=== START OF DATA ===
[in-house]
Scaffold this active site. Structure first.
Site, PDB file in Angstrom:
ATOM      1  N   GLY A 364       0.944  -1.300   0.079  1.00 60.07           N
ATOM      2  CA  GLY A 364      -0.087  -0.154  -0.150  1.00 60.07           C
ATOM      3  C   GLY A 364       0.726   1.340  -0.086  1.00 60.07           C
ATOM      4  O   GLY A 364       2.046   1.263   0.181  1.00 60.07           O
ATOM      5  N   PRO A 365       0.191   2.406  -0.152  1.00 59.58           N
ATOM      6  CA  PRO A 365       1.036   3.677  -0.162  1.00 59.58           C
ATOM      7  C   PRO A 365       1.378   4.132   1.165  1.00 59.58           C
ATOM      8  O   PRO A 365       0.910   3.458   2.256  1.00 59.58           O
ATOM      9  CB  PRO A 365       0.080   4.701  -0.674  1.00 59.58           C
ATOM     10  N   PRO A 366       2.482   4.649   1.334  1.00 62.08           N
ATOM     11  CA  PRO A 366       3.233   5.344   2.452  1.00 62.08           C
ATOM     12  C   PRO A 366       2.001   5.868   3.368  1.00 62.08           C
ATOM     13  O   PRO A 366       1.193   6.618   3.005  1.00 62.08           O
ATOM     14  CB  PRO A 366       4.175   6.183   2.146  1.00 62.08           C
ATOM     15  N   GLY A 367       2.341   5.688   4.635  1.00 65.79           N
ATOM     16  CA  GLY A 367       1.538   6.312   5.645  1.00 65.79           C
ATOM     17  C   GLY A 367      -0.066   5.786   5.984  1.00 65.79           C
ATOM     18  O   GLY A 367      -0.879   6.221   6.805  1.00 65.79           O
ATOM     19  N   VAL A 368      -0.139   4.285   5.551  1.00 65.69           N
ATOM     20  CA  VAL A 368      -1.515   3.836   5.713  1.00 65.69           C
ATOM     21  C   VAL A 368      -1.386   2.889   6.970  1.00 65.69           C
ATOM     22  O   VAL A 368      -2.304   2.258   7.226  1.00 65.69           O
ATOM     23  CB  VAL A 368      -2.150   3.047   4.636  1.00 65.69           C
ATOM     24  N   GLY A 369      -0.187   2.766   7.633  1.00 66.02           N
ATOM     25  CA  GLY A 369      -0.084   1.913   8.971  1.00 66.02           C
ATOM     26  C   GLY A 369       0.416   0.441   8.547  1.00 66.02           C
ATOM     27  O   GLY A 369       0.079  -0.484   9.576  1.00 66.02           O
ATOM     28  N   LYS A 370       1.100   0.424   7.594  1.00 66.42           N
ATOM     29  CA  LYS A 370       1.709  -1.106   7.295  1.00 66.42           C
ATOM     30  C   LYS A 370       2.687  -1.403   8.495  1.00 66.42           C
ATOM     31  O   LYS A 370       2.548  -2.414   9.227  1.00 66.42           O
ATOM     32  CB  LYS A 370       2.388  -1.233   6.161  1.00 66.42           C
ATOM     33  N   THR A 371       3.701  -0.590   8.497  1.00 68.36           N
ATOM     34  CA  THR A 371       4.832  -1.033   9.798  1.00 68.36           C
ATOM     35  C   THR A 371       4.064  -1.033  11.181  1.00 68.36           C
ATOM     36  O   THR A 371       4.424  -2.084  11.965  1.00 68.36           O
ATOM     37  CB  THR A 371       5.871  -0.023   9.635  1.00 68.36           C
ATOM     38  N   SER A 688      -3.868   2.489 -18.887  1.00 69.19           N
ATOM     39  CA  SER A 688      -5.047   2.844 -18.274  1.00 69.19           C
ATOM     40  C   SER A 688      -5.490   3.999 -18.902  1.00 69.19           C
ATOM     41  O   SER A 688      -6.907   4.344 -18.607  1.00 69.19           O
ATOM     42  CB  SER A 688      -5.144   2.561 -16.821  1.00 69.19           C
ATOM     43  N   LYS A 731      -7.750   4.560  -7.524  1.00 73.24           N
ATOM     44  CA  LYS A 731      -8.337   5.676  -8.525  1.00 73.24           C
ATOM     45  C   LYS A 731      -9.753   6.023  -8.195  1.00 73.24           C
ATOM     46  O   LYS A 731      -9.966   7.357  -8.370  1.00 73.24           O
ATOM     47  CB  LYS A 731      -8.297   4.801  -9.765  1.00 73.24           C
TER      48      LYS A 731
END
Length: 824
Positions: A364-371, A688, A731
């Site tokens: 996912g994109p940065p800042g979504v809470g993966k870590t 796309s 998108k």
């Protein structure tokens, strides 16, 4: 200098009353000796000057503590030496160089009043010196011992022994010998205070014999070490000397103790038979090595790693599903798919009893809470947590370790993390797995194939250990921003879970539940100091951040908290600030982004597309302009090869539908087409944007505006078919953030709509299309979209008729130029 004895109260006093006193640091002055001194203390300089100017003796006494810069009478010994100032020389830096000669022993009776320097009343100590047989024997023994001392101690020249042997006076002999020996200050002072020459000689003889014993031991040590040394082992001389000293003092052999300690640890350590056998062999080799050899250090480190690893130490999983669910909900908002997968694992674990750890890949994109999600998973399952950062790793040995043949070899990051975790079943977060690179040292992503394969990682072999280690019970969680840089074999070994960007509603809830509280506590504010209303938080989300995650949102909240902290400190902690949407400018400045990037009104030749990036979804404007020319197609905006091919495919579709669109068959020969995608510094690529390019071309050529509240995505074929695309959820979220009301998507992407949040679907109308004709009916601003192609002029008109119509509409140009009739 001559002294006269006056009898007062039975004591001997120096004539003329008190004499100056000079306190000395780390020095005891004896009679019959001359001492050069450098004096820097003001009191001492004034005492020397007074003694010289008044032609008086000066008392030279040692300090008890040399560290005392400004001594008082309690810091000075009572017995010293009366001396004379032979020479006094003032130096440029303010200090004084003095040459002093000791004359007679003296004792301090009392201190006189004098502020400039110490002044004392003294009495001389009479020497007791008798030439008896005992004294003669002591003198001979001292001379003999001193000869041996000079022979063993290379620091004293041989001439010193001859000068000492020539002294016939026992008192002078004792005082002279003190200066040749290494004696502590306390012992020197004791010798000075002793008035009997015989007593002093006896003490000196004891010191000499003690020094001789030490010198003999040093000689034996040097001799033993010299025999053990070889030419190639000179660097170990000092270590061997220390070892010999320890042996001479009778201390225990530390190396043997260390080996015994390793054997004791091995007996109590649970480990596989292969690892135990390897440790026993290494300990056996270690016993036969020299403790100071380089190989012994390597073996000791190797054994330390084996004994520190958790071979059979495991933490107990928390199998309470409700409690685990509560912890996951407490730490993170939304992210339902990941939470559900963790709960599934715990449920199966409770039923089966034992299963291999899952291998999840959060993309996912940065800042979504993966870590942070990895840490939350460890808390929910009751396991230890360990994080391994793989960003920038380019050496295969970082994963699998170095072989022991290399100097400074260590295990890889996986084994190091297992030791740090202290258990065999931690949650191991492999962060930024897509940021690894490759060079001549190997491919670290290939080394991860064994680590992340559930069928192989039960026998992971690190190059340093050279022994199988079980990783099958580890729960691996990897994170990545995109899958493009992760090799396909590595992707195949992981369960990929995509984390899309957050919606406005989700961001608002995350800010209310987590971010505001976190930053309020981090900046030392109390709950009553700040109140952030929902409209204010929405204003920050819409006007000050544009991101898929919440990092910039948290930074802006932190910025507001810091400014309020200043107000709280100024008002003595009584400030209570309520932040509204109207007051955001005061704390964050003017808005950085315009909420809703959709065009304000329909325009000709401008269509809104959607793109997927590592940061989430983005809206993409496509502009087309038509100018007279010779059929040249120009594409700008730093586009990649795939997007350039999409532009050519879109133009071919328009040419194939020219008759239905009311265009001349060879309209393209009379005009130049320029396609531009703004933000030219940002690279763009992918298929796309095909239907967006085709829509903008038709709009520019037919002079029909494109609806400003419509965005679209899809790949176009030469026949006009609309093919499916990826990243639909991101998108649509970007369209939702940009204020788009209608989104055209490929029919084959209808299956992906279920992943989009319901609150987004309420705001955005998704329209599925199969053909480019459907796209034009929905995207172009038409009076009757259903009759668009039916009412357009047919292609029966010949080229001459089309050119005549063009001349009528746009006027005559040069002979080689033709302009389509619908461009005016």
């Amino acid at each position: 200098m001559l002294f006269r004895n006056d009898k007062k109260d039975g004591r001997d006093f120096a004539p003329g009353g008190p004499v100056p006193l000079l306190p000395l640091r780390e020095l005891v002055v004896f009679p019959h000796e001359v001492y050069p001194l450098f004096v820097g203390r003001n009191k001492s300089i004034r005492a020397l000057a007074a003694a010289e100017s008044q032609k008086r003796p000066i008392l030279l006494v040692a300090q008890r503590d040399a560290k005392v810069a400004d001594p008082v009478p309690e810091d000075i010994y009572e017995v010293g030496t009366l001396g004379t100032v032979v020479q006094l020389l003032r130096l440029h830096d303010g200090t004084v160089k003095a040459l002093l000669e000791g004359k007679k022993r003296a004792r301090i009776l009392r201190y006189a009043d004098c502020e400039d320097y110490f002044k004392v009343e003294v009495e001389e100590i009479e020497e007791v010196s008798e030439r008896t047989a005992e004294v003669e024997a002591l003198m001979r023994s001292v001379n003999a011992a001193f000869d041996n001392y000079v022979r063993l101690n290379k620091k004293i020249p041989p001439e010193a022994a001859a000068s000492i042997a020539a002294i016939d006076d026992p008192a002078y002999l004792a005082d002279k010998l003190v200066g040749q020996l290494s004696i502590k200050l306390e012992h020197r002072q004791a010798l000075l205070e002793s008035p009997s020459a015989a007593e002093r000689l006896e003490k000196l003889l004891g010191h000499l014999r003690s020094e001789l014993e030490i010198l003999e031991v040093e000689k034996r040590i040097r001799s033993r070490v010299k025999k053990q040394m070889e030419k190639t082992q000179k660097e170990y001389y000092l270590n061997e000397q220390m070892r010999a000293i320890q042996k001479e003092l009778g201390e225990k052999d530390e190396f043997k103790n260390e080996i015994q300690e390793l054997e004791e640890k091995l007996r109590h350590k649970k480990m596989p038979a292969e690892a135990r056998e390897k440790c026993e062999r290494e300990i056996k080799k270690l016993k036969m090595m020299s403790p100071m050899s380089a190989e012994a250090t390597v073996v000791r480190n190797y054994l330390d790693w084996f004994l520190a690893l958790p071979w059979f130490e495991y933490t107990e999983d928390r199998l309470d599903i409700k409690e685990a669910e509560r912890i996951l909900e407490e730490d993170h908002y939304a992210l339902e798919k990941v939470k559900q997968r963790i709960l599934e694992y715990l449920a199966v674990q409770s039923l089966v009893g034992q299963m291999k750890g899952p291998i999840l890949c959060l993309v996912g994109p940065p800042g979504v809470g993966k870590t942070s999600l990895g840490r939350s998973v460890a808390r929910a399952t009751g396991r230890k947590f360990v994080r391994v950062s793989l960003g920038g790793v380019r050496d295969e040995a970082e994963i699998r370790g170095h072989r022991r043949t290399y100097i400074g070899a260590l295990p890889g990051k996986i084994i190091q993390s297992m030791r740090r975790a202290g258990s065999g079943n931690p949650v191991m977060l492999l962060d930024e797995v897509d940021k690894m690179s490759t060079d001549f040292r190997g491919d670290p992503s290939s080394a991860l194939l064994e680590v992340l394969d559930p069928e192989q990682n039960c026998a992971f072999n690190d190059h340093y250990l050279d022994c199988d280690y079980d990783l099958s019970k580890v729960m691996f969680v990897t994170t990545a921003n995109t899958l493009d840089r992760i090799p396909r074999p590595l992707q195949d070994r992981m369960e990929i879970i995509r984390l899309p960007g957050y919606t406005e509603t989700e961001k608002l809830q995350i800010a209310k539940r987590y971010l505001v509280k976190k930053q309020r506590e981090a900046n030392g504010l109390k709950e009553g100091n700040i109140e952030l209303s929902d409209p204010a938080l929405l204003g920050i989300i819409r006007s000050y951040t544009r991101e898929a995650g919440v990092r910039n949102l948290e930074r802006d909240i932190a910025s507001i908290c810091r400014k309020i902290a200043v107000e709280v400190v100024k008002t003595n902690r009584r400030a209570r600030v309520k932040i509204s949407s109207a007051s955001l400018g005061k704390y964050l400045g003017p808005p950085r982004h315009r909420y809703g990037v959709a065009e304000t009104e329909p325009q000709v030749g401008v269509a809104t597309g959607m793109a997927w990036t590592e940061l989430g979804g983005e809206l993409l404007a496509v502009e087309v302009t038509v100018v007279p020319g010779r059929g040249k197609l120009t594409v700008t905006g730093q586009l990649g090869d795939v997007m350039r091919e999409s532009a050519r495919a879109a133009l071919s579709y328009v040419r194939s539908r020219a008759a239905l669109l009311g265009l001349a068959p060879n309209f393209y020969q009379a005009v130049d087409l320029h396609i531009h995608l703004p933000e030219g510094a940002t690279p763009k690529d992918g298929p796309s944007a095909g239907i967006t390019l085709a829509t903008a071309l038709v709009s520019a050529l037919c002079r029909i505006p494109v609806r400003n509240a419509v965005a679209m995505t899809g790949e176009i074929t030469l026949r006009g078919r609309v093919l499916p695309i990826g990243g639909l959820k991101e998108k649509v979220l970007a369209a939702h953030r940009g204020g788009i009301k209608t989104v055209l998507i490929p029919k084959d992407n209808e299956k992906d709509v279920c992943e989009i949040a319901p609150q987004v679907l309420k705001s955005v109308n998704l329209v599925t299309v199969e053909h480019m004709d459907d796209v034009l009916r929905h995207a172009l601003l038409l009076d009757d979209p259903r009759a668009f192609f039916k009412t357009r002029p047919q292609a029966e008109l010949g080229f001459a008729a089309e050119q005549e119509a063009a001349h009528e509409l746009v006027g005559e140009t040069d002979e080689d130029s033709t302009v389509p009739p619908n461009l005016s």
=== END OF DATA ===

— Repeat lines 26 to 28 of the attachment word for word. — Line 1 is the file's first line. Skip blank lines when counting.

ATOM     23  CB  VAL A 368      -2.150   3.047   4.636  1.00 65.69           C
ATOM     24  N   GLY A 369      -0.187   2.766   7.633  1.00 66.02           N
ATOM     25  CA  GLY A 369      -0.084   1.913   8.971  1.00 66.02           C